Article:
4 kids in 3 years: reflections on motherhood, art and life.
My Mom’s a talker. She can talk on and on and on. Which means I come by it honestly, anyway. And although I never expected it, I realize now that her voice influences so much I do, whether I’m acting in reaction to a memory of my childhood or I’m just too much like her, but in different circumstances. Most days, it could go either way.
As she grows older and I grow older, I’ve begun to realize that so many of the stories she’s told me throughout our lives have turned to a shadowy mass of gray in my mind. And when she’s gone, I’ll be an orphaned child, with no one to tell me these things clearly again. So from now on, as long as she’ll let me, I want to take a moment every now and again and record her voice, telling me things I ask of her. This is our first go.
Blogosphere, meet my Mom. She’s a corker.
Mom, meet the blogosphere. They seem mostly pretty nice, except for ravizumibeatboxx and thailandrentalhouses, who I can’t vouche for.
(To set the scene, it’s the last night of her most recent visit, the kids are in bed, we’re both slightly exhausted with one another, and we’re sipping wine on the couch.)
ME: Mom, when you saw me with my new glasses after not seeing me for like six months by choosing to live in Virginia near my sister instead of living up here near me, and you said, “Are those new glasses, Jennie? Is that’s what’s in style now?” What did you mean by that?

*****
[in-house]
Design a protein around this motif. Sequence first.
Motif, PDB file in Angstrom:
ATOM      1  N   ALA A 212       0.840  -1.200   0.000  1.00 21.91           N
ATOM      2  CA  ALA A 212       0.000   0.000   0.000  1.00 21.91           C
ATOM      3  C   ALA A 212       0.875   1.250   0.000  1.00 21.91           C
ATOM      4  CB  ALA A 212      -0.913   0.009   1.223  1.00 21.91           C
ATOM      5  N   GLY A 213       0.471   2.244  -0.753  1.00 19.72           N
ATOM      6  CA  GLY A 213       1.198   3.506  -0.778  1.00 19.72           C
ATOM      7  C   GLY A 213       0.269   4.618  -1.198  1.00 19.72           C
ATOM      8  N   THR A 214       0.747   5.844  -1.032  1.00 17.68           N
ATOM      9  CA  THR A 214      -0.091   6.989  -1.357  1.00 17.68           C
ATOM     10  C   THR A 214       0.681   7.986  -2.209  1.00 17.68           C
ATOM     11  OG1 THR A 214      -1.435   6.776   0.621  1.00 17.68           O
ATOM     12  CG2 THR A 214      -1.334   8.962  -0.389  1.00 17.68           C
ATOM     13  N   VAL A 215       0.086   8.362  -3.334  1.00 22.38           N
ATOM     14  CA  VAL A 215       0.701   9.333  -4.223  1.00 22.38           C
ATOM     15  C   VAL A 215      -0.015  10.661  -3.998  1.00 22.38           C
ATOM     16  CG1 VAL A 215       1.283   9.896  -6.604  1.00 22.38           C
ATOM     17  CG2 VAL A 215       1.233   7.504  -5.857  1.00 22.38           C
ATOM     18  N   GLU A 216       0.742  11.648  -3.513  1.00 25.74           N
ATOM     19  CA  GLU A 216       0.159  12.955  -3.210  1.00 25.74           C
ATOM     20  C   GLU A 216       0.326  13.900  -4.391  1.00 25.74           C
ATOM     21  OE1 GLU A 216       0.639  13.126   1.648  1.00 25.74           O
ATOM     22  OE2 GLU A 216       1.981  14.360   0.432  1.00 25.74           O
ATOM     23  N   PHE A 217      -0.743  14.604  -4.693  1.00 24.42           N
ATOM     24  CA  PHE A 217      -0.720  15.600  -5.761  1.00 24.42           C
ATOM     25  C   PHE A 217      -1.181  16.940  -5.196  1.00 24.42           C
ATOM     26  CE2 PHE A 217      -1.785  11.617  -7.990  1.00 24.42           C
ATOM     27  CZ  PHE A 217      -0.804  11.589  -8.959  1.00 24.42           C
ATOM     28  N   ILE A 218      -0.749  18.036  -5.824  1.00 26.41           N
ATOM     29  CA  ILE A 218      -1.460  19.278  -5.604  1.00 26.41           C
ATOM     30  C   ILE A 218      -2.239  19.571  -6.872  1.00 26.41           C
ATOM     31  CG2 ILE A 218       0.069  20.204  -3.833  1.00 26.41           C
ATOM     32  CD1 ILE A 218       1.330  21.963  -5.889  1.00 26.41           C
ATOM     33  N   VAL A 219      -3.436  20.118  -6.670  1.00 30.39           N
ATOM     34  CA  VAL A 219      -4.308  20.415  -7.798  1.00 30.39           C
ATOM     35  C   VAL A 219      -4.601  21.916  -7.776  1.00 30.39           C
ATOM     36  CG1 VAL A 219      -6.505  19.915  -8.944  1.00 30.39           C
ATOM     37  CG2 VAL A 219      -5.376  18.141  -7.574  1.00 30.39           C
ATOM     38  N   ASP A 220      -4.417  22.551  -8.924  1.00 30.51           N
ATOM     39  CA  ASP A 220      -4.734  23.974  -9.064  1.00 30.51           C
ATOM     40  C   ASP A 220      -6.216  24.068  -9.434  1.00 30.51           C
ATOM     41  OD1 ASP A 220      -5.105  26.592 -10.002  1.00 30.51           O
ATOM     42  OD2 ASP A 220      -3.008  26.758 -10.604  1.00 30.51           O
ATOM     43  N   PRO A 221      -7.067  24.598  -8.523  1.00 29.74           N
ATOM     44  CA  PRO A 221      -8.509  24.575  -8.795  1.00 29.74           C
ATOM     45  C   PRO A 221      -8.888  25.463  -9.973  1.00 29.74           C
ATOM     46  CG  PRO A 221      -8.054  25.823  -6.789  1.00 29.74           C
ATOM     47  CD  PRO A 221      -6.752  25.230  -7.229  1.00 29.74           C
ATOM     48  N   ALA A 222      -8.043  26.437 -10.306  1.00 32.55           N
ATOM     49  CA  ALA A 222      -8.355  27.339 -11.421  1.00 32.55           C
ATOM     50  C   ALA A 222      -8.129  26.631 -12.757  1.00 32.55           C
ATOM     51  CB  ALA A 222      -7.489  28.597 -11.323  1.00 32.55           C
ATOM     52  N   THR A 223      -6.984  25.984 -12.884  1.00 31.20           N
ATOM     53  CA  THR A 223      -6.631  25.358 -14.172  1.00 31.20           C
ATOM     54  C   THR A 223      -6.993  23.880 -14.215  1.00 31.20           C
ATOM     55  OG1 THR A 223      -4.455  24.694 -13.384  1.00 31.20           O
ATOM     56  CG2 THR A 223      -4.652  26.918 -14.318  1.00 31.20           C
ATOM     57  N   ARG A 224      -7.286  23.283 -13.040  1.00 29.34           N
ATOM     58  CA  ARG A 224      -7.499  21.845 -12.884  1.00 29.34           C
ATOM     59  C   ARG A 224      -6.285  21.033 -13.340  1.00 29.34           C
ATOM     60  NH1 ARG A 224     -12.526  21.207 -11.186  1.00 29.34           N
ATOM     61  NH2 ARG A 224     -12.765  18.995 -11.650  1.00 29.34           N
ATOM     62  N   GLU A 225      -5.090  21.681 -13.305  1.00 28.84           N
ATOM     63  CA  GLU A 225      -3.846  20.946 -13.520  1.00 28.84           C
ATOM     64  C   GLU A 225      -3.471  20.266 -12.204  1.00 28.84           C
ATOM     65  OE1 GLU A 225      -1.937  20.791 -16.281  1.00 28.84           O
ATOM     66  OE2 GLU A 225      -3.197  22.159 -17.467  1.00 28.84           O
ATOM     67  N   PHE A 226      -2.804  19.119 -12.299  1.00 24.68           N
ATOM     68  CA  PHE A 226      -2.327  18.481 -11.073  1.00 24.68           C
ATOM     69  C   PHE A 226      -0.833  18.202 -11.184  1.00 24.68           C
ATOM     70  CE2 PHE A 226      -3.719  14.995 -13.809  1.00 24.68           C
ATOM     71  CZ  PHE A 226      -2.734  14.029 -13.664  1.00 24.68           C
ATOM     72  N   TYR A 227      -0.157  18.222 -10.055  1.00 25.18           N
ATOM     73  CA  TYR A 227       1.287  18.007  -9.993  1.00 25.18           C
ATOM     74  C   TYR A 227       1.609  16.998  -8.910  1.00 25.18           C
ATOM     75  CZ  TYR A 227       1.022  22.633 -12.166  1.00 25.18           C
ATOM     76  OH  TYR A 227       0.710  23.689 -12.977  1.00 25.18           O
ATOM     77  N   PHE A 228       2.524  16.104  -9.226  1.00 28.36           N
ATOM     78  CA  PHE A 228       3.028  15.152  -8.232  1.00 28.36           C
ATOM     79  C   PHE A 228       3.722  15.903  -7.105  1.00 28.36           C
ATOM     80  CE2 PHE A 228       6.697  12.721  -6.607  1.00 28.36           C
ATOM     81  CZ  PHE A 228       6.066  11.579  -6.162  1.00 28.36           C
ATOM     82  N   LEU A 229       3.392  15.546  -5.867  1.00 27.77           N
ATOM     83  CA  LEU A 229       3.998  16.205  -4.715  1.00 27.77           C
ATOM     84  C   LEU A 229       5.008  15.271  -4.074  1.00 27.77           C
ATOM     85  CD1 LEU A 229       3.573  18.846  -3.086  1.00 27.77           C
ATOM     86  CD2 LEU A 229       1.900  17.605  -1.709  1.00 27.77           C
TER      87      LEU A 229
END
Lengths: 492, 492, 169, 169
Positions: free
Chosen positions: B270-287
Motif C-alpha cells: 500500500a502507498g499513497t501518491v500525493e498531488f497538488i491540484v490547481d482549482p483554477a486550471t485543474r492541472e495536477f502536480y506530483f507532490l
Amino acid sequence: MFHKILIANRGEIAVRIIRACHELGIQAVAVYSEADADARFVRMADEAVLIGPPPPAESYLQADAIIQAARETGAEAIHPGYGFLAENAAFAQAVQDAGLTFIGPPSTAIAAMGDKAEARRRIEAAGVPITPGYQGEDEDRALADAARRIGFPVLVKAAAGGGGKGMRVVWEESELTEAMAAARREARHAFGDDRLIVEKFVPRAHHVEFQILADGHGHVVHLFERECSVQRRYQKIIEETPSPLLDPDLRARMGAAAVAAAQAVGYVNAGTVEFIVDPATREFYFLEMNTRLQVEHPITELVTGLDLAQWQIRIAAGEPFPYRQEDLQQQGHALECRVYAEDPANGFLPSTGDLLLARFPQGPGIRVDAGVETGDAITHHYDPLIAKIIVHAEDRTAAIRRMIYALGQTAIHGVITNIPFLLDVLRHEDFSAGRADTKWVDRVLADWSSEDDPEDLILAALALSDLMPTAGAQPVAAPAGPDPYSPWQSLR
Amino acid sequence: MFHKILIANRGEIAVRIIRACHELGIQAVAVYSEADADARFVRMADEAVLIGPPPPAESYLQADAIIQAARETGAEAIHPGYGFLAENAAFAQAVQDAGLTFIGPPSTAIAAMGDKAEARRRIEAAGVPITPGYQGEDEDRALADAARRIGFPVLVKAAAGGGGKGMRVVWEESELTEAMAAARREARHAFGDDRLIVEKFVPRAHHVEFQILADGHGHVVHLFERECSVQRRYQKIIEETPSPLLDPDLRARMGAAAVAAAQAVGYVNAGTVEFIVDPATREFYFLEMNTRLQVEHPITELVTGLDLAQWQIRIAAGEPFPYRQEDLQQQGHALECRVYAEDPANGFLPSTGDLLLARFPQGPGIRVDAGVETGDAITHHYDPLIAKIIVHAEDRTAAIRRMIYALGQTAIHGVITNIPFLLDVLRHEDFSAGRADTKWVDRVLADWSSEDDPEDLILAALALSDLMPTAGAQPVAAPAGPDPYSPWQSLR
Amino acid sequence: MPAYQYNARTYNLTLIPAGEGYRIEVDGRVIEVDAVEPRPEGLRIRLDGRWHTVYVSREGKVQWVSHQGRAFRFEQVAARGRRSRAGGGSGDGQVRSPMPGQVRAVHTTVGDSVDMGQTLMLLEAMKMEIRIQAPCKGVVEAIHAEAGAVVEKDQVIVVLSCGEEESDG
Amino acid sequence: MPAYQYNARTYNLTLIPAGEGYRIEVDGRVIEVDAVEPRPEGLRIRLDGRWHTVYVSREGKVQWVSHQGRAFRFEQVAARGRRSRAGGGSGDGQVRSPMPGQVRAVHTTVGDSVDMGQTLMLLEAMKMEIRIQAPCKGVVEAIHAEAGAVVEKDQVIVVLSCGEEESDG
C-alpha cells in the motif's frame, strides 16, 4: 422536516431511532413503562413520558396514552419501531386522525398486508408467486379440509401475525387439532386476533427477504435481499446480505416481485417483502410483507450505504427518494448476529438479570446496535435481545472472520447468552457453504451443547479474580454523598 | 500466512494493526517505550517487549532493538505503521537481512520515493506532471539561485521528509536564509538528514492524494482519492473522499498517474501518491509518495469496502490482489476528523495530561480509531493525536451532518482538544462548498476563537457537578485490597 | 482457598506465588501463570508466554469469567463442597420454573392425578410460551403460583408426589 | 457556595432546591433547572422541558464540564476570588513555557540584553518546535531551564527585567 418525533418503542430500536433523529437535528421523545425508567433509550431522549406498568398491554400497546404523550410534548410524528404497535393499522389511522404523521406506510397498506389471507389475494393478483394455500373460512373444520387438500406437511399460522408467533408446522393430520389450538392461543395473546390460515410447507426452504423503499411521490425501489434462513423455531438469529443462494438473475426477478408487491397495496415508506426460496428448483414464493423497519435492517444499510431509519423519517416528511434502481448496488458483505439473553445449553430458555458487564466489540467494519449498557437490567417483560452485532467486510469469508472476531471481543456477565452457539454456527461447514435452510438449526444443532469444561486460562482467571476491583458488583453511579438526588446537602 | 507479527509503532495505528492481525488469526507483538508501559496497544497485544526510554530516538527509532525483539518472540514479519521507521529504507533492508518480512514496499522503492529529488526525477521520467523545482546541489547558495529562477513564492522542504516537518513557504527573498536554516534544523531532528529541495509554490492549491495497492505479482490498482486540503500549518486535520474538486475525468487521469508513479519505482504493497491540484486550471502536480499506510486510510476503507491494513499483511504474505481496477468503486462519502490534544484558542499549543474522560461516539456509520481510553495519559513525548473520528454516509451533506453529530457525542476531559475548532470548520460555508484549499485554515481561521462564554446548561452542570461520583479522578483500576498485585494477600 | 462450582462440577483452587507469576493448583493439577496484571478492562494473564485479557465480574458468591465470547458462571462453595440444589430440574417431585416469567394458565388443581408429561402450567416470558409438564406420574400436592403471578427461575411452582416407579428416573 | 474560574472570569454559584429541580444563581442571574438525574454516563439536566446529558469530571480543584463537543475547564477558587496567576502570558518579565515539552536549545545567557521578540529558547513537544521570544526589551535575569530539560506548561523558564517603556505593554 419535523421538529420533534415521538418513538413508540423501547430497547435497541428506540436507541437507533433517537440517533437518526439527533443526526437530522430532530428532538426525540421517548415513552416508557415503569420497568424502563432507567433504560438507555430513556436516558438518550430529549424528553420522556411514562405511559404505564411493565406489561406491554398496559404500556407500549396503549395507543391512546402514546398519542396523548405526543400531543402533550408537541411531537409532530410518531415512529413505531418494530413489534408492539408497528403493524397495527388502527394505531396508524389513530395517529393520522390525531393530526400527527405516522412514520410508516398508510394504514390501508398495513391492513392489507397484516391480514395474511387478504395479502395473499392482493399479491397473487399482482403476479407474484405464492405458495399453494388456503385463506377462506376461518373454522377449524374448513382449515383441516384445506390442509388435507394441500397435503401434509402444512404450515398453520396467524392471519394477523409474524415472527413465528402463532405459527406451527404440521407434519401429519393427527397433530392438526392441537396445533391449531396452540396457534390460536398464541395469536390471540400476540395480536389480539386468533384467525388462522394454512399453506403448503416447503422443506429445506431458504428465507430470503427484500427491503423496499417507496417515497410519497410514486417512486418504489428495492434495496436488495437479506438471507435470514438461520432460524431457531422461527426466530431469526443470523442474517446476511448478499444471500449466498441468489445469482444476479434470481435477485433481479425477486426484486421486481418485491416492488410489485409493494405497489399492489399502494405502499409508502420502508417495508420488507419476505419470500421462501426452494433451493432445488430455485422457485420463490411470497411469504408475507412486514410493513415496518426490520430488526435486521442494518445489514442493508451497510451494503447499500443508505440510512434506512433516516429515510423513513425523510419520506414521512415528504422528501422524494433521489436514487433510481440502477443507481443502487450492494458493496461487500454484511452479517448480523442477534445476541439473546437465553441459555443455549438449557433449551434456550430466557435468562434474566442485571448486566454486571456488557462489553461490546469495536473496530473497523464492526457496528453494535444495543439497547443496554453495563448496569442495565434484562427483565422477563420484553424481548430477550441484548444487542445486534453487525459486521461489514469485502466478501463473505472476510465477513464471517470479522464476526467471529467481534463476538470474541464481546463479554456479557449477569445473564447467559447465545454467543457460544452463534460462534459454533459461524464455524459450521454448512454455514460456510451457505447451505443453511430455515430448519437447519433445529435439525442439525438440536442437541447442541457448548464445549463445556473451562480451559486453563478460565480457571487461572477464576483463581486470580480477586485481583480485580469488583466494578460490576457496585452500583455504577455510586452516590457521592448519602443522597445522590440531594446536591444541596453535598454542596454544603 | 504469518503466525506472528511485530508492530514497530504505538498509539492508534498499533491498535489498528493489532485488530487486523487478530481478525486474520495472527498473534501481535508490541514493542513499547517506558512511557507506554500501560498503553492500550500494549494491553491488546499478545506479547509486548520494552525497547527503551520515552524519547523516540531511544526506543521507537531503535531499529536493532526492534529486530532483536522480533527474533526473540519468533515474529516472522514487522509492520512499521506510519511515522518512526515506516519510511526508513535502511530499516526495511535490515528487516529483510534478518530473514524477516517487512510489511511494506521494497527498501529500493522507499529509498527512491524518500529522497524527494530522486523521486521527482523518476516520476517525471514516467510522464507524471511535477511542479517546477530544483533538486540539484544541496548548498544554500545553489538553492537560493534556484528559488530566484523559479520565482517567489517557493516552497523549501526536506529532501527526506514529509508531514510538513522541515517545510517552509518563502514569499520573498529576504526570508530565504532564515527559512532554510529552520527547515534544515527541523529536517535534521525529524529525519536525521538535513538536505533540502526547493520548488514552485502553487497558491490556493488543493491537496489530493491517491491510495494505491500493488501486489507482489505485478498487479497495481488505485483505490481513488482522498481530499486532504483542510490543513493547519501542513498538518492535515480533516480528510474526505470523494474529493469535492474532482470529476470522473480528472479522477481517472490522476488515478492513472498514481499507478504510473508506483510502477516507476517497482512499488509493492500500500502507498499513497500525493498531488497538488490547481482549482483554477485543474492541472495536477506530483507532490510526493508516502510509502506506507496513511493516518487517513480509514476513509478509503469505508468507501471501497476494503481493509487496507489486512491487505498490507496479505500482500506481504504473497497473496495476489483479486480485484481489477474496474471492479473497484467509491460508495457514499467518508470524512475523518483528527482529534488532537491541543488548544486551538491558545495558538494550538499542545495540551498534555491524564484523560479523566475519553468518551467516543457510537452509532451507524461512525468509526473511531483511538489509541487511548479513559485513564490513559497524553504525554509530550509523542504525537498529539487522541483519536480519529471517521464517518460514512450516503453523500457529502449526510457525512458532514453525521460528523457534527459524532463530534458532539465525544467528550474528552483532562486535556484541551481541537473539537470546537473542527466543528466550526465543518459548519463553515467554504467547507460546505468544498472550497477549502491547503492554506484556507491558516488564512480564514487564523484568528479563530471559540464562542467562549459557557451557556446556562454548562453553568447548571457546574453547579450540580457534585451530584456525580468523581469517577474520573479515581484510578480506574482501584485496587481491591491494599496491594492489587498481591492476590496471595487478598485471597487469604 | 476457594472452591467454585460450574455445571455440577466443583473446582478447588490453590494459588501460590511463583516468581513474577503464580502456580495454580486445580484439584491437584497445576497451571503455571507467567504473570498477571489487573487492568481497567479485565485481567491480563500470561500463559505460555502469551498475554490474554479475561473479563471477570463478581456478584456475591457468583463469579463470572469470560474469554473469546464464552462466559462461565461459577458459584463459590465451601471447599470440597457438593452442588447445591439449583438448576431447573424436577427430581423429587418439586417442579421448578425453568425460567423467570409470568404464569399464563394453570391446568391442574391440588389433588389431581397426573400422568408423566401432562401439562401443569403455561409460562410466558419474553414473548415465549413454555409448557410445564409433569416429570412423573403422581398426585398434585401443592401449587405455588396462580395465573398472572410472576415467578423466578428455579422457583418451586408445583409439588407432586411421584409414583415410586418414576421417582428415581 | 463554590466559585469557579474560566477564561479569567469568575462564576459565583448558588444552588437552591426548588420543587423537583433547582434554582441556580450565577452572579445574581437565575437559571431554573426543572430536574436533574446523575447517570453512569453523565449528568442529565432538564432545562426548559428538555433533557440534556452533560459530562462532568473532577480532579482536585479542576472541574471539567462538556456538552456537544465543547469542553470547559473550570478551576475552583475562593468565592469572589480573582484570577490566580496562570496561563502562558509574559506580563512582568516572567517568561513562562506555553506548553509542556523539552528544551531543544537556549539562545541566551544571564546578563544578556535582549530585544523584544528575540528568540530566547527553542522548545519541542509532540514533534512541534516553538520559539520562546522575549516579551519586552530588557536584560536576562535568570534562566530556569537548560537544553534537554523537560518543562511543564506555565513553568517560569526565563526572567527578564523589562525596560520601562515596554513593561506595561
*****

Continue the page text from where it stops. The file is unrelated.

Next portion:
MY MOM: I thought they looked nice on you. And people where I live now wear wire rims. I like yours more than mine and that’s the truth.
Me: Also did you or did you not fall flat on your face on my porch before even entering my house during this visit?
My Mom: Yes. I did. I slipped on a wet leaf and took a ‘wipe out’ as your children said.
Me, smugly: And did I yell at you?
My Mom: No, but you seemed discouraged. (Whispers *peeved*.)
(I ignore the *peeved* comment.)
Me: What does the word “blog” mean?
My Mom: To tell all and unnecessarily. I personally wouldn’t blog.
Me, protesting: But you did write a Christmas letter that told everybody every detail of our lives for, like, 20 years. And you do tell random people in the grocery store everything.
My Mom: But it’s all about you and your beautiful husband and kids. All my dining people know you and your husband and kids. I would show them pictures… but I don’t have any recent ones. (Sighs deeply and looks meaningfully at me.)
Me, ignoring her implied plea for school photos: Looking back on your life, what are you most proud of?
My Mom, sighing: My marriage.
Me: That’s it?
My Mom: It was extremely happy and our four (corrects herself) five children. We did it once and we did it right.
Me: What surprised you the most so far in your life?
My Mom: In my life? (Pauses) I guess giving birth to my first child who was extremely disabled and handicapped… and was accepted and had a happy life and was loved.
Me: What is your greatest disappointment?